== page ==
“I think this patient has myasthenia gravis as evidenced by muscle weakness with fatiguability.  There is bilateral assymetrical fatiguable partial ptosis.  There is diplopia and complex opthalmoplegia.  There is bilateral facial muscle weakness with weak eye closure, lip seal and peek sign is positive. There is weakness of neck extension and jaw supporting sign is positive. There is proximal limb weakness which is fatiguable.  There is dysarthria and dysphonia.  I observed a midline sternotomy scar and signs of steroid toxicity. Chest wall expansion was reduced. I looked for evidence of other autoimmune disorders”


Differential Diagnosis of ptosis:


  • Myasthenia Gravis (bilateral)
  • Myotonic dystrophy (bilateral)
  • Horner’s syndrome
  • 3rd CN palsy
  • Oculopharyngeal muscular dystrophy (bilateral)
  • Mitochondrial disease e.g. Kearns-Sayres (bilateral)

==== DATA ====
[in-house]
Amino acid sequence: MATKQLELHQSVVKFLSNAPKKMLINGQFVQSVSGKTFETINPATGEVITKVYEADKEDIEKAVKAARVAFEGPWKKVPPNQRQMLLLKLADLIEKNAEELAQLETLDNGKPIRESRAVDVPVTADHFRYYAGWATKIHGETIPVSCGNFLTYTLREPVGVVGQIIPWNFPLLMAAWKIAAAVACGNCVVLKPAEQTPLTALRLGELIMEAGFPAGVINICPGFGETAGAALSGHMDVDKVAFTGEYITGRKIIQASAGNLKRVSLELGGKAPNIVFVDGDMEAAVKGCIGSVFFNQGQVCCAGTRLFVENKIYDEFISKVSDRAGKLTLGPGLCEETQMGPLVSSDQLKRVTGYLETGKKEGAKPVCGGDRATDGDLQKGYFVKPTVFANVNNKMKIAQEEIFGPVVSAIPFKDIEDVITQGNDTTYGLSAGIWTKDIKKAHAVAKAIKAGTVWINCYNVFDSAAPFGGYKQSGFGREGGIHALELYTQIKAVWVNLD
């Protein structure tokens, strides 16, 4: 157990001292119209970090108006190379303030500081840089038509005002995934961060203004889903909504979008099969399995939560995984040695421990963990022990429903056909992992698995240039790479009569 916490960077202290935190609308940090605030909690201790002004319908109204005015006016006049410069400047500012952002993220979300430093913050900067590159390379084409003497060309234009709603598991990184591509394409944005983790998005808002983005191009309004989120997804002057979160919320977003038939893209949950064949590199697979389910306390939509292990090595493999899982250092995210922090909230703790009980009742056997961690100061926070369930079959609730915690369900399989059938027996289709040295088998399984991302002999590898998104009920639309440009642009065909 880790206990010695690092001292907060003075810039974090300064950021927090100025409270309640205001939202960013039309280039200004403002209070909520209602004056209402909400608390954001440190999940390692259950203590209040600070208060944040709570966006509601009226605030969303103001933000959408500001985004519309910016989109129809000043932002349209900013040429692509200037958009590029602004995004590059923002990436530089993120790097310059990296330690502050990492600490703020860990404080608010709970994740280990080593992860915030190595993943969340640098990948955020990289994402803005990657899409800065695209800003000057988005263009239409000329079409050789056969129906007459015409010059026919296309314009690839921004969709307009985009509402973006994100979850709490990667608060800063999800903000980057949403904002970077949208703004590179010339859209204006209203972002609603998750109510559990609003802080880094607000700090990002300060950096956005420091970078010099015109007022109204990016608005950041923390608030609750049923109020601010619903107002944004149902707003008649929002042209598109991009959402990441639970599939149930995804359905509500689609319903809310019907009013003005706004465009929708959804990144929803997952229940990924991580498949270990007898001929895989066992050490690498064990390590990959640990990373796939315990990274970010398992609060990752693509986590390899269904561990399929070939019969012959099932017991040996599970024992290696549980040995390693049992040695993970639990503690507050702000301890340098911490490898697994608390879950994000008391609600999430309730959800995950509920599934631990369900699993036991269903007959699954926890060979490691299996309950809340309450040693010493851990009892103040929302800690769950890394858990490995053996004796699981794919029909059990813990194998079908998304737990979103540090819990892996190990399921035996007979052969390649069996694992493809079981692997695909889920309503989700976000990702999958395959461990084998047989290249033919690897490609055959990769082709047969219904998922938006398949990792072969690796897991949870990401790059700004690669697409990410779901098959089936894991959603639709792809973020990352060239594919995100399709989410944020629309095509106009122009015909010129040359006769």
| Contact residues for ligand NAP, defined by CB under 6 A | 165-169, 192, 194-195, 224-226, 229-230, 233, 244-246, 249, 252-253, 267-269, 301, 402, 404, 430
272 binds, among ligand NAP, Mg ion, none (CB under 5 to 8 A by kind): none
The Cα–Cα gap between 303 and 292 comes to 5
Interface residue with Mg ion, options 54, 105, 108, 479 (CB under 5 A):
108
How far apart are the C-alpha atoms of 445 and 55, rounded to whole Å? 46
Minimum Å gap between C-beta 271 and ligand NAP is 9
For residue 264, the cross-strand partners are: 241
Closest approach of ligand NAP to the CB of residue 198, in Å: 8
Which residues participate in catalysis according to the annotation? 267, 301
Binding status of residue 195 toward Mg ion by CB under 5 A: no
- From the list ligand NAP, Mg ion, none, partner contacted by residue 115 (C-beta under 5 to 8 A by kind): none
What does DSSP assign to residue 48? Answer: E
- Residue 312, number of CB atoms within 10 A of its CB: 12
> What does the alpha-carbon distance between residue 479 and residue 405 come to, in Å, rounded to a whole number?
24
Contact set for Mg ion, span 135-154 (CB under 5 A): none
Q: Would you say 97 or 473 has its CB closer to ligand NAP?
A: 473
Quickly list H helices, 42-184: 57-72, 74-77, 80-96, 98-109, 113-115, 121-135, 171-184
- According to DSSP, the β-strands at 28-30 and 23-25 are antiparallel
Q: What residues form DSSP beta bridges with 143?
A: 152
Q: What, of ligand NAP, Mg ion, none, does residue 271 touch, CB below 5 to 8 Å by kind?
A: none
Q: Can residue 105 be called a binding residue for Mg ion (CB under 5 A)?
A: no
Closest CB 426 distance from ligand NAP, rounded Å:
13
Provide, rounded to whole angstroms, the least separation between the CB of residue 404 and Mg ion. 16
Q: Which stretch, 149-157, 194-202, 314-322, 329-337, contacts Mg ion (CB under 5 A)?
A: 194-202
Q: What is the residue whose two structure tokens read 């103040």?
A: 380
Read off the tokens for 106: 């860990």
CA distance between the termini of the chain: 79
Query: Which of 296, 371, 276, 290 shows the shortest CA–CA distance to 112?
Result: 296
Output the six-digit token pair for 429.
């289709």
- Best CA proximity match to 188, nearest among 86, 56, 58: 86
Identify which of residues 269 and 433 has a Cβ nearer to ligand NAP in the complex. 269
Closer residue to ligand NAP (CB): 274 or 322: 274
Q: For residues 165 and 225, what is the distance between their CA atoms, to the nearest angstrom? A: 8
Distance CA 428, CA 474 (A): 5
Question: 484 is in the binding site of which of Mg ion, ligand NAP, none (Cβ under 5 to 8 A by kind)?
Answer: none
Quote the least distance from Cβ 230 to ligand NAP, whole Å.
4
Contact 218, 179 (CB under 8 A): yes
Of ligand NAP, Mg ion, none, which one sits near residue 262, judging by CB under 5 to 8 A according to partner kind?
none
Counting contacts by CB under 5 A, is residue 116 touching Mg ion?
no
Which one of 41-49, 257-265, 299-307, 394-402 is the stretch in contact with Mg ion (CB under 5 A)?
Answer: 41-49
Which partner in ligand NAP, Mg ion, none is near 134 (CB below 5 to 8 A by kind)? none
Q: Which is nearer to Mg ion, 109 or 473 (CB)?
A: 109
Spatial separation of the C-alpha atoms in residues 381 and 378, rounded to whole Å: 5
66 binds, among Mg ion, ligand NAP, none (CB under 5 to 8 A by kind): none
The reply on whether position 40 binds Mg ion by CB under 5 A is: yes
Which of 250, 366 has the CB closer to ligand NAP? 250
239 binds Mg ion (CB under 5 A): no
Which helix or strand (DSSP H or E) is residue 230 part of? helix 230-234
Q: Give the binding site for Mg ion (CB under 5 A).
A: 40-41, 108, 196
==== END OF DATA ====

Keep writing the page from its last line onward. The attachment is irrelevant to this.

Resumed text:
Differential Diagnosis of complex opthalmoplegia:


  • Myaesthenia gravis
  • Thyroid eye disease
  • Myopathies e.g. oculopharyngeal muscular dystrophy
  • Mononeuritis multiplex eg. diabetes causing multiple CN palsies
  • Mitochondrial disease e.g. Kearn’s Sayres
  • Miller fisher variant of Guillain barre syndrome
  • Cavernous sinus pathology
  • Wernickes encephalopathy
  • Progressive supranuclear palsy


Differential diagnosis of myasthenia gravis in general:


  • LEMS (lambert eaton myaesthenic syndrome): antibodies to presynaptic voltage gated calcium channels. Associated with cancer. No opthalmoplegia. No bulbar involvement. No respiratory involvement. Proximal muscle weakness improves with exercise. Reduced/absent reflexes that increase after exercise. Autonomic features. Sensory features.
  • Botulism
  • Mitochondrial disease e.g. Kearn’s sayres
  • Miller fisher variant of guillain barre syndrome




Myaesthenia Gravis


An acquired autoimmune disorder

Antibodies to the postsynaptic AChR of the neuromuscular junction

Thymus is involved in 75% of cases (10-15% have thymoma of which 10% are malignant, 90% have thymic hyperplasia)

50% with thymoma get myasthenia gravis

Occurs in 1 in 10000

20-35 year old females (autoimmune, thymic hyperplasia) or >50 year old men (oculobulbar, thymoma)

Affects extraocular, bulbar, facial, neck, limb and trunk muscles usually in this order